Friday, 1 July 2011

Boxford, Welford and Wickham

After a few days of torrid temperatures a welcome return to cooler conditions and a few showers made another walk possible. I decided to complete the infamous Lambourn Valley Way, infamous because it has failed, except for a couple of hundred yards to be all that exciting. The final section, does not go anywhere near the River Lambourn, or for that matter the old Newbury-Lambourn railway that it follows for only half of its path. Here is the map of the walk.

View Boxford - Wickham in a larger map

I started the ten mile walk at Boxford, but I stopped off on route to investigate Boxford Common. This turned out to be worthwhile as it is as 'ancient' wood and has an area of meadow where Viper's Bugloss has run riot.

Boxford Common


Many butterflies were on the wing including this Small Skipper (Thymelicus sylvestris). (But could it be an Essex Skipper?)

Small Skipper,butterfly

About half the ragwort plants had Cinnabar Moth (Tyria jacobaeae) caterpillars munching away at them.

cinnabar moth catterpillar

I then moved onto Boxford and followed the way over fields through a huge pig farm. I wonder about the welfare of these ‘free range’ pigs as although they are ‘outside’ the only food available is what the farmer provides in pellets, the pens are small and the pigs looked brain-dead, deprived of any stimulus. I think this is one of the ways the poor consumer is misled, ‘free range’ gives the impression of happy animals romping free in the countryside - the reality is often very different. However the crows and gulls love it, they were present in huge numbers.

In the distance you can see, and it is the only place you can see it, ‘R.A.F. Welford’. This is one of the remaining U.S. air force bases left in the U.K.. RAF/USAF Welford is in fact a huge munitions dump, all the big bombs used on missions to Europe and beyond are kept here. The strange 'Works Unit' junction off the M4 indicates its strategic use for quickly moving bombs around the country, for some years it had a dedicated railway branch line too.

pig farm

Anyway, with scarce distant views, flowers were the theme of the day, there was Bugle (Ajuga reptans) everywhere.

Bugle,Ajuga reptans

Walking over the fields I came to the tiny village of Welford and made a slight detour to visit the church.

Welford church

The church is unusual in having a round tower, may be the only one in Berkshire, but unfortunately everything is not as it should be. The Victorians decided to rebuild it, but taking note of the Saxon foundations when they did so. The early church is also indicated by the presence of a lovely late Norman/Early English font. It also has a brass monument to the pompous looking Victorian vicar who supervised the rebuild.

Welford church font

Over the porch is a statue of St. Gregory the Great (the Pope); he is shown with a Bible and a dove imparting Divine wisdom to him.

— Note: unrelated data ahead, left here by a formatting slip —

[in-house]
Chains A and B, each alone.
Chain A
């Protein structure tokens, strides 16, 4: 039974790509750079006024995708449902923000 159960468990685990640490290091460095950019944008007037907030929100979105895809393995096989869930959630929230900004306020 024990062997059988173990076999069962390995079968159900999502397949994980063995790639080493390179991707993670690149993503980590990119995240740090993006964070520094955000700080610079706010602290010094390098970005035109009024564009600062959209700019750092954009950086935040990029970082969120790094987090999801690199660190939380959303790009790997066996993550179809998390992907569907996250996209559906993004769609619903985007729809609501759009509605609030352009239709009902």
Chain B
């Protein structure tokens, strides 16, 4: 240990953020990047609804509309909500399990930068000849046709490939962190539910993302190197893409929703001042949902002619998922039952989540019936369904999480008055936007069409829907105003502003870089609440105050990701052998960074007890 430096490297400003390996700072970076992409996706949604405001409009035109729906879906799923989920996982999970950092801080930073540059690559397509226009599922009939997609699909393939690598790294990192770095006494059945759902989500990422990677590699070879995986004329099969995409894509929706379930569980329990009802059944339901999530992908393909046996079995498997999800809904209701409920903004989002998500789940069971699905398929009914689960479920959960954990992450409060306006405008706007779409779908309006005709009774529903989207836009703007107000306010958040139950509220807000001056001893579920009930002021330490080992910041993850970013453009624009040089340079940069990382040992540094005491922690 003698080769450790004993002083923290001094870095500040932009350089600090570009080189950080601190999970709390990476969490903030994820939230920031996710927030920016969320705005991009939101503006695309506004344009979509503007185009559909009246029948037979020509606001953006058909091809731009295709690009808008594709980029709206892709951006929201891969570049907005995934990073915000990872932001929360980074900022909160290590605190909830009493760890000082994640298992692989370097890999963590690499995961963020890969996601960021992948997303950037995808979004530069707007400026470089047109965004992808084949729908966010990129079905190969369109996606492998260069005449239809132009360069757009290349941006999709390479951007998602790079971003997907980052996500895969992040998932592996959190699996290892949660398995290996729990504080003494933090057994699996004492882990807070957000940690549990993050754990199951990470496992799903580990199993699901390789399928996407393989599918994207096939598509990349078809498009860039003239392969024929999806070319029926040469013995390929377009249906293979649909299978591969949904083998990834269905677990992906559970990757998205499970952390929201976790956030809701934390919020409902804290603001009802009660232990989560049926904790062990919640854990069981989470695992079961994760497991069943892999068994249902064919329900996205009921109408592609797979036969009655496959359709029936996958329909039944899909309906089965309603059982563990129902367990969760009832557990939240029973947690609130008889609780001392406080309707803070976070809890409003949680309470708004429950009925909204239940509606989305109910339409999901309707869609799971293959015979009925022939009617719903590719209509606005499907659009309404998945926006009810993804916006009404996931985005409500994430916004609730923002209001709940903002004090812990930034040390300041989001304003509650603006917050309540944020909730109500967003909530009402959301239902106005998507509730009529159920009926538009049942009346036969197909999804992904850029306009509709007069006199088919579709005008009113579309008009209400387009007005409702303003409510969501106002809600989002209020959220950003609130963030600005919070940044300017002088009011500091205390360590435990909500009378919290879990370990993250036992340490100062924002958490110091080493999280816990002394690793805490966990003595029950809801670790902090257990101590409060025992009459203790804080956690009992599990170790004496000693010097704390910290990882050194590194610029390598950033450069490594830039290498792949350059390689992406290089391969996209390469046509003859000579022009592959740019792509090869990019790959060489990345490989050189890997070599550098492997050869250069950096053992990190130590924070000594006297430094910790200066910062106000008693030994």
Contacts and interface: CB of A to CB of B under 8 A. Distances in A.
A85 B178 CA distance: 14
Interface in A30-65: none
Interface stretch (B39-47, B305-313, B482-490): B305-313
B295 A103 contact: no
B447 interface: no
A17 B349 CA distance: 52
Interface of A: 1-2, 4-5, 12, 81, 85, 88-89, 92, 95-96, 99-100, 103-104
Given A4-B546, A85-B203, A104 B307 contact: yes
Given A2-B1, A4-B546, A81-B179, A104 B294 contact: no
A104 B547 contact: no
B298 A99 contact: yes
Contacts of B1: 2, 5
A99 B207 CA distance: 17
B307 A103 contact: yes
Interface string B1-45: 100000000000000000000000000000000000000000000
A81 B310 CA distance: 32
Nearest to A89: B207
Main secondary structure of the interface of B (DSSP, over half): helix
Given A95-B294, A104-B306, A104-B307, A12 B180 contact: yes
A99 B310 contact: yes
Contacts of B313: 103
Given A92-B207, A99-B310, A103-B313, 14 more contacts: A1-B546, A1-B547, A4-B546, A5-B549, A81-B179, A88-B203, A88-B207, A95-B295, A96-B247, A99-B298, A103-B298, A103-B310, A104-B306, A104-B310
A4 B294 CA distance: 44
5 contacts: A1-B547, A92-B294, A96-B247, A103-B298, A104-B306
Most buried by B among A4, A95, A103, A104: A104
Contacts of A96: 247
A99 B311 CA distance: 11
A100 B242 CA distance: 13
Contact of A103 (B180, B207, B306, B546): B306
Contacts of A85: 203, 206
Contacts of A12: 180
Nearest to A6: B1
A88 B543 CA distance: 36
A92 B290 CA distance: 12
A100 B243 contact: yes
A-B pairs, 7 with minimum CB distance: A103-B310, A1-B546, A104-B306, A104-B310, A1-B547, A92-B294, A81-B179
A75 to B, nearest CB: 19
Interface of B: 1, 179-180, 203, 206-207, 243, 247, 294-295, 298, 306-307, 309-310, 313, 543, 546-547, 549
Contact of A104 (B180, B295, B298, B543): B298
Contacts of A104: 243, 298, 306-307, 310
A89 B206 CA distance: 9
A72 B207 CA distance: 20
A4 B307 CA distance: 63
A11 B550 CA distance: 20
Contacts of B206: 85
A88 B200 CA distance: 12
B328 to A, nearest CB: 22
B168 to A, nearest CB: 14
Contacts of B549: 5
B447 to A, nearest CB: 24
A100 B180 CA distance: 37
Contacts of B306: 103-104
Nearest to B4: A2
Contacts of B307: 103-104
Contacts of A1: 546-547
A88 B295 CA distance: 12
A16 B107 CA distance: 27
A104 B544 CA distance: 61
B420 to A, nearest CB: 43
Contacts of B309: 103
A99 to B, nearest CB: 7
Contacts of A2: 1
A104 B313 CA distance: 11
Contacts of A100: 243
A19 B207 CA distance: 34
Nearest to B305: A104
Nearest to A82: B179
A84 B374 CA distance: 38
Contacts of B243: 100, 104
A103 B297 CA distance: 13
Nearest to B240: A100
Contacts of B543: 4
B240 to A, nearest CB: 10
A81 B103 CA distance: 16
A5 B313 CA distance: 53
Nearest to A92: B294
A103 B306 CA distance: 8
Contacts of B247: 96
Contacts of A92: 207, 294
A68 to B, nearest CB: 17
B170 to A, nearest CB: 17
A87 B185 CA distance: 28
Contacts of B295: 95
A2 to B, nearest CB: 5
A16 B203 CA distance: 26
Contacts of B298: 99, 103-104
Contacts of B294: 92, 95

Welford church St Gregory

The Lambourn Valley Way led across fields to Weston, where I linked up with the section I completed last year from Great Shefford. I then headed over the fields to more woods. Here as in many pieces of 'ancient' wood were good patches of Enchanter's Nightshade (Circaea lutetiana). I'd love to know how it came by its name. The latin name alludes to a myth about Aeneas and Circe, but I reckon that this is a later tale.

Enchanters Nightshade

This led me onto a path alongside the M4, and here the farmer had left a strip for wild flowers and these had attracted this strange fly. In fact a hoverfly - Volucella pellucens.

strange fly

And also quite a few butterflies - meadow brown and ringlet mostly, but a comma and quite a few marbled whites (Melanargia galathea).

marbed white,Melanargia galathea

I then headed under the M4 to the small village of Wickham; it has a fine old church.

Wickham Church

The tower includes fragments of Roman building rubble and was built by the Saxons and claims to be the oldest church tower in Berkshire. The main body of the church is another heavy Victorian restoration with not a great deal to commend it.
Back to the flowers and butterflies. Quite a few field margins had been left (or sown?) as wild flower strips and there were many butterflies flitting around. Here was a green veined white (Pieris napi).

green veined white,Pieris napi,butterfly

Many of the paths I used were rarely walked, in most cases the farmer had taken care to maintain them even if they inconveniently went directly across their fields.

field path

In the following field of beans I saw several scarlet pimpernels (Anagallis arvensis), clearly the best place to seek them out.

scarlet pimpernell,Anagallis arvensis

The field edges were full of butterflies which were very flighty, only one or two ringlets (Aphantopus hyperantus) remained settled long enough for a close-up.


I like the spiky effect of the furled 'petals' of the Ragwort flowers.

ragwort buds

A temporary road closure at Boxford caused the narrow lanes to be busier than normal. The narrow lanes had a fine display of hedgerow plants, including this Scabious (Knautia arvensis).

scabious,Knautia arvensis

And so back to Boxford, which has only a few pretty cottages and nothing to rival East Garston. However the less tidy surroundings gave them a more homely look.



Anonymous said...

The photos on here are superb and the commentary is informative and thought-provoking. However I am wondering whether the photo labelled Bugle might possibly be Self-Heal?

Rambler said...

Thanks, yes it is selfheal